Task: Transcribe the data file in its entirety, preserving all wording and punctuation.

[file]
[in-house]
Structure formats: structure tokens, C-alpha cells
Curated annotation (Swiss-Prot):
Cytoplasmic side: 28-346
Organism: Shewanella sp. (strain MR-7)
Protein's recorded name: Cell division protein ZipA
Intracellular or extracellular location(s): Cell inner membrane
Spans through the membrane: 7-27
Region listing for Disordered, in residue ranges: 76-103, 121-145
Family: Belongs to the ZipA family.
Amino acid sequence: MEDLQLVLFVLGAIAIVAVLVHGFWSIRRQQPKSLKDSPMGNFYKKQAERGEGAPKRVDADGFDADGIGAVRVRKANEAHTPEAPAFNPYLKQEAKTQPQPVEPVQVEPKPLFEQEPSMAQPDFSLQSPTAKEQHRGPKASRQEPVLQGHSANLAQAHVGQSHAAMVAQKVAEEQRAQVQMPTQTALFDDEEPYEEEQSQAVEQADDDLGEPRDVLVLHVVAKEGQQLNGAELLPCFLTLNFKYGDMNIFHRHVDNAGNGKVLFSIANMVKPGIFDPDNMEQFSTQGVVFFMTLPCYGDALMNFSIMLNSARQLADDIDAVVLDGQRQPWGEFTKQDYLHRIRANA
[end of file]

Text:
[in-house]
Structure formats: structure tokens, C-alpha cells
Curated annotation (Swiss-Prot):
Cytoplasmic side: 28-346
Organism: Shewanella sp. (strain MR-7)
Protein's recorded name: Cell division protein ZipA
Intracellular or extracellular location(s): Cell inner membrane
Spans through the membrane: 7-27
Region listing for Disordered, in residue ranges: 76-103, 121-145
Family: Belongs to the ZipA family.
Amino acid sequence: MEDLQLVLFVLGAIAIVAVLVHGFWSIRRQQPKSLKDSPMGNFYKKQAERGEGAPKRVDADGFDADGIGAVRVRKANEAHTPEAPAFNPYLKQEAKTQPQPVEPVQVEPKPLFEQEPSMAQPDFSLQSPTAKEQHRGPKASRQEPVLQGHSANLAQAHVGQSHAAMVAQKVAEEQRAQVQMPTQTALFDDEEPYEEEQSQAVEQADDDLGEPRDVLVLHVVAKEGQQLNGAELLPCFLTLNFKYGDMNIFHRHVDNAGNGKVLFSIANMVKPGIFDPDNMEQFSTQGVVFFMTLPCYGDALMNFSIMLNSARQLADDIDAVVLDGQRQPWGEFTKQDYLHRIRANA